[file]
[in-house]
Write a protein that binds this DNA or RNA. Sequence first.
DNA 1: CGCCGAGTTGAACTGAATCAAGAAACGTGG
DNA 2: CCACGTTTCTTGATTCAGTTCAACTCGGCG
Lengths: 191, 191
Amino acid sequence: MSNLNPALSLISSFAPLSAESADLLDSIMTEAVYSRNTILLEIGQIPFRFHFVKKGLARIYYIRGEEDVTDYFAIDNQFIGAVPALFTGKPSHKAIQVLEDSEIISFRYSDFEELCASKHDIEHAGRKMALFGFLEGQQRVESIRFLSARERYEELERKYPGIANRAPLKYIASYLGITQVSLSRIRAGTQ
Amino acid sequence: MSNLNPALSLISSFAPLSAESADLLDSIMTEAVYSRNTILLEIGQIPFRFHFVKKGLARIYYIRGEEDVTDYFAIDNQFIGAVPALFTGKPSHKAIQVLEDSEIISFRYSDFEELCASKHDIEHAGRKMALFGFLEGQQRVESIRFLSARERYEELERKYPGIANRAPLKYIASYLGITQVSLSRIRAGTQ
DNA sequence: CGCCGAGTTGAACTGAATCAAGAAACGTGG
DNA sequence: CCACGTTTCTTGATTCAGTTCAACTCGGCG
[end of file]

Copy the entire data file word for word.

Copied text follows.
[in-house]
Write a protein that binds this DNA or RNA. Sequence first.
DNA 1: CGCCGAGTTGAACTGAATCAAGAAACGTGG
DNA 2: CCACGTTTCTTGATTCAGTTCAACTCGGCG
Lengths: 191, 191
Amino acid sequence: MSNLNPALSLISSFAPLSAESADLLDSIMTEAVYSRNTILLEIGQIPFRFHFVKKGLARIYYIRGEEDVTDYFAIDNQFIGAVPALFTGKPSHKAIQVLEDSEIISFRYSDFEELCASKHDIEHAGRKMALFGFLEGQQRVESIRFLSARERYEELERKYPGIANRAPLKYIASYLGITQVSLSRIRAGTQ
Amino acid sequence: MSNLNPALSLISSFAPLSAESADLLDSIMTEAVYSRNTILLEIGQIPFRFHFVKKGLARIYYIRGEEDVTDYFAIDNQFIGAVPALFTGKPSHKAIQVLEDSEIISFRYSDFEELCASKHDIEHAGRKMALFGFLEGQQRVESIRFLSARERYEELERKYPGIANRAPLKYIASYLGITQVSLSRIRAGTQ
DNA sequence: CGCCGAGTTGAACTGAATCAAGAAACGTGG
DNA sequence: CCACGTTTCTTGATTCAGTTCAACTCGGCG